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Mastering the Art of Delegation

Need a primer—or a refresher—on this difficult skill? Here you go…

By Richard Ensman

Picture these scenes:

An employee bursts into your office with a frustrating problem: “I just don’t know how to handle this,” he exclaims, “What should I do?”

Or: It’s 9:00 on Tuesday morning. An employee stops you in the hallway to give you the latest details on a current project. “Yesterday, I called Joe and Sandy and we talked about those five reports you and I prepared.” she begins. “And today I'm going to sit at my desk until noon and get the production statistics together. Then I'll call Sandy back to arrange a meeting this afternoon.” And the impromptu report goes on and on.

In both instances, you’d feel some measure of frustration. Why, you’d wonder, can't these employees simply take responsibility for their activities instead of laying every problem and every detail squarely in your lap?

The answer to that question might not rest with your employees. Rather, your employees might be bringing concerns to you because you’re not delegating effectively.

Whether you’re a new manager or you have years of management experience behind you, you can benefit from a quick brush-up on the key principles of delegation:

Keep your eye on the outcomes.
To delegate effectively, you must focus your attention, and that of your employees, on the end results of your activities. Hold your people accountable for results, not day-to-day details.

Offer problem-solving skills, not solutions to problems.
Employees who come to you with problems want you to solve them. Effective delegation means, however, that you’ll give your employees the tools they need to solve problems themselves. In the short run, this might mean more training and coaching, but it will save you time and money in the long run.

Look to your employees for solutions and answers.
When employees bring you problems, ask for prospective solutions. When employees bring you questions, ask for prospective answers.

Quantify objectives.
Delegation becomes easy once you begin to establish concrete and measurable objectives with your employees. If you’ve agreed on clear and specific objectives, your employees will feel much more comfortable acting on their own; the objectives will serve as a road map.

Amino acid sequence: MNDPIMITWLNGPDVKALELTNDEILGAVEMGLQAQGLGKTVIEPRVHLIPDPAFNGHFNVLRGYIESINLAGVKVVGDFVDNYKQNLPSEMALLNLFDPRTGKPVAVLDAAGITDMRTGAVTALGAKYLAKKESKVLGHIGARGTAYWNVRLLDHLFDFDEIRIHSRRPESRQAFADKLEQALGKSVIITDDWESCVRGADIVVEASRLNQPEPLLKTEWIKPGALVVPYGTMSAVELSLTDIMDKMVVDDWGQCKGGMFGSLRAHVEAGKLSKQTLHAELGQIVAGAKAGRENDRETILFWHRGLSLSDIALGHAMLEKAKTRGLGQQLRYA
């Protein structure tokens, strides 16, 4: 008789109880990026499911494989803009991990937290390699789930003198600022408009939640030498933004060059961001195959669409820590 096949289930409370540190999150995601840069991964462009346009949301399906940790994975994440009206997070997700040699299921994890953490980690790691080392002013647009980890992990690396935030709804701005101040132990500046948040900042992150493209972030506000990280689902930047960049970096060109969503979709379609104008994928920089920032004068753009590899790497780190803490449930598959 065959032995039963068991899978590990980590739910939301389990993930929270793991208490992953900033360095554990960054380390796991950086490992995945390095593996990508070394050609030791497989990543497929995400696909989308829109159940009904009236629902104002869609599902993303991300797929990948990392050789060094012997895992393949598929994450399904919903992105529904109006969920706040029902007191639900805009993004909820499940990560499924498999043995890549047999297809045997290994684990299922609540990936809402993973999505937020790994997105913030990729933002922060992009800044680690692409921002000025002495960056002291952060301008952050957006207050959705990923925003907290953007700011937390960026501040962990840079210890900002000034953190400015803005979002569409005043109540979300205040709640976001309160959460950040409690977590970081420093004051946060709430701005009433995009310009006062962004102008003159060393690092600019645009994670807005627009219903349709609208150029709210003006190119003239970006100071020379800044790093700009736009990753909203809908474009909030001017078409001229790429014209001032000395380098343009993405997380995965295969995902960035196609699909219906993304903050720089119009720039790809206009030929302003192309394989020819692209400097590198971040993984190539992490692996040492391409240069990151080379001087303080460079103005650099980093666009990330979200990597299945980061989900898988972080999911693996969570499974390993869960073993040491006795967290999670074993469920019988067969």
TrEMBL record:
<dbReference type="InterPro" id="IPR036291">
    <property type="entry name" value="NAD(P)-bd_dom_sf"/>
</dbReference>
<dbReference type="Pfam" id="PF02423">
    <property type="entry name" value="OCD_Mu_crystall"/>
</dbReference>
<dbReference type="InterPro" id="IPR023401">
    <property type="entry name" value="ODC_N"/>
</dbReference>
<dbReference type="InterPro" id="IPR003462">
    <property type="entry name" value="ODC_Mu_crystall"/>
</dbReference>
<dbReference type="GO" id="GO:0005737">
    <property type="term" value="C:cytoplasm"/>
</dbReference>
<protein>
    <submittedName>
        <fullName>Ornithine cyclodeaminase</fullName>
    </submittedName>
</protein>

Assume a nondirective style when dealing with problems.
A nondirective supervisory style assumes you’ll be willing—and eager—to listen to employee problems, even problems the employees cause. But because you’ll make problem solving an open team effort, you’ll give your people the confidence they need to attack problems on their own.

Focus your attention on critical benchmarks.
Be clear to your employees that they don’t have to report back to you at every turn. But if you have special concerns about a project, or if you want to be consulted at certain stages of an activity, let your people know the “critical moments” you’d like them to focus on.

Use your reporting systems to keep abreast of detail.
Get your feedback from reporting systems—monthly reports, statistical summaries or sampling. And what about employees who want to apprise you of all the daily details? Suggest they include them in their reports.

Make your desired level of delegation clear when confronting an issue.
How much authority and responsibility do you want to delegate on any given issue? You may wish an employee to handle the problem totally on his own, in whatever manner he chooses. Or you may wish him to address the problem, and eventually advise you of the course of action he takes. You might look to an employee to propose solutions to a problem and recommend a course of action. Or you might want an employee to simply research the issue and lay the facts out for you. By pinpointing the level of delegation and employee feedback you desire on any given issue, you’ll make your delegation style much more effective. Remember, however, that the level of delegation may vary from issue to issue and even from employee to employee.

Offer realistic deadlines.
If you delegate responsibility without offering a clear end date, no one will be specifically accountable for completion of the task at hand. Give strict deadlines along with assignments and objectives, and you’ll be better able to control the flow and pace of work activities.

Keep a delegation log.
When you make an assignment, jot it down in your log. You'll be able to refer to the log when it comes time to monitor employee progress or check up on the status of any given project.

Richard Ensman is a frequent contributor to AdvisorToday.com.

 


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